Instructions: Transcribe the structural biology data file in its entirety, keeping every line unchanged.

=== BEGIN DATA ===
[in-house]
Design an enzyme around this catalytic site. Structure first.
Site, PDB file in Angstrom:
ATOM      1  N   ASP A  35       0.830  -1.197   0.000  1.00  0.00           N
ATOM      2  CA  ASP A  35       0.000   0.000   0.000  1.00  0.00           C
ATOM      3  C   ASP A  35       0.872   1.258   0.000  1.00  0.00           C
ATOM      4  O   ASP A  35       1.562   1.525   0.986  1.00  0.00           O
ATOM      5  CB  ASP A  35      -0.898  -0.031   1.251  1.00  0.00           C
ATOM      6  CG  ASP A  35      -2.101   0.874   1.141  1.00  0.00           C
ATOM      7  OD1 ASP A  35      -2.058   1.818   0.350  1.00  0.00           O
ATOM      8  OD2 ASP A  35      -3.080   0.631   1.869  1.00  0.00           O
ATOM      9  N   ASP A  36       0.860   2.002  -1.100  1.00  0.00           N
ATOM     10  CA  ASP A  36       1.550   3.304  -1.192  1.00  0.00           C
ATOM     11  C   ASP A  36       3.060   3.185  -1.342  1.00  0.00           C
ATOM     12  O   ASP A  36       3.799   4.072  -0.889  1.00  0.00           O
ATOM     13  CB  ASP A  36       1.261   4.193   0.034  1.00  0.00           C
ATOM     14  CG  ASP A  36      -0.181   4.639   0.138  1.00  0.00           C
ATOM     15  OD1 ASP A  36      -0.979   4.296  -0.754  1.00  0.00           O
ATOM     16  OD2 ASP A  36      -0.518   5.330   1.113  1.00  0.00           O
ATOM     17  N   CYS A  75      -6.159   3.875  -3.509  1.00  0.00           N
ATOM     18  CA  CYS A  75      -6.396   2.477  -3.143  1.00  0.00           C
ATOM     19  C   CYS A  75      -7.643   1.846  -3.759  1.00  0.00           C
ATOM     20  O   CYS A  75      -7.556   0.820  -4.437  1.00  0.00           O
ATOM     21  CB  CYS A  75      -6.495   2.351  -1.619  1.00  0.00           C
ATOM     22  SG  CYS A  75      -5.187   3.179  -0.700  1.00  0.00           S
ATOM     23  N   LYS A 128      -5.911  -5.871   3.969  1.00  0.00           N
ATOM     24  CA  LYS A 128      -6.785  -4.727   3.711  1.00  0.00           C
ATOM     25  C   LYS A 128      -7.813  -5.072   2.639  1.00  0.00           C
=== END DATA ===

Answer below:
[in-house]
Design an enzyme around this catalytic site. Structure first.
Site, PDB file in Angstrom:
ATOM      1  N   ASP A  35       0.830  -1.197   0.000  1.00  0.00           N
ATOM      2  CA  ASP A  35       0.000   0.000   0.000  1.00  0.00           C
ATOM      3  C   ASP A  35       0.872   1.258   0.000  1.00  0.00           C
ATOM      4  O   ASP A  35       1.562   1.525   0.986  1.00  0.00           O
ATOM      5  CB  ASP A  35      -0.898  -0.031   1.251  1.00  0.00           C
ATOM      6  CG  ASP A  35      -2.101   0.874   1.141  1.00  0.00           C
ATOM      7  OD1 ASP A  35      -2.058   1.818   0.350  1.00  0.00           O
ATOM      8  OD2 ASP A  35      -3.080   0.631   1.869  1.00  0.00           O
ATOM      9  N   ASP A  36       0.860   2.002  -1.100  1.00  0.00           N
ATOM     10  CA  ASP A  36       1.550   3.304  -1.192  1.00  0.00           C
ATOM     11  C   ASP A  36       3.060   3.185  -1.342  1.00  0.00           C
ATOM     12  O   ASP A  36       3.799   4.072  -0.889  1.00  0.00           O
ATOM     13  CB  ASP A  36       1.261   4.193   0.034  1.00  0.00           C
ATOM     14  CG  ASP A  36      -0.181   4.639   0.138  1.00  0.00           C
ATOM     15  OD1 ASP A  36      -0.979   4.296  -0.754  1.00  0.00           O
ATOM     16  OD2 ASP A  36      -0.518   5.330   1.113  1.00  0.00           O
ATOM     17  N   CYS A  75      -6.159   3.875  -3.509  1.00  0.00           N
ATOM     18  CA  CYS A  75      -6.396   2.477  -3.143  1.00  0.00           C
ATOM     19  C   CYS A  75      -7.643   1.846  -3.759  1.00  0.00           C
ATOM     20  O   CYS A  75      -7.556   0.820  -4.437  1.00  0.00           O
ATOM     21  CB  CYS A  75      -6.495   2.351  -1.619  1.00  0.00           C
ATOM     22  SG  CYS A  75      -5.187   3.179  -0.700  1.00  0.00           S
ATOM     23  N   LYS A 128      -5.911  -5.871   3.969  1.00  0.00           N
ATOM     24  CA  LYS A 128      -6.785  -4.727   3.711  1.00  0.00           C
ATOM     25  C   LYS A 128      -7.813  -5.072   2.639  1.00  0.00           C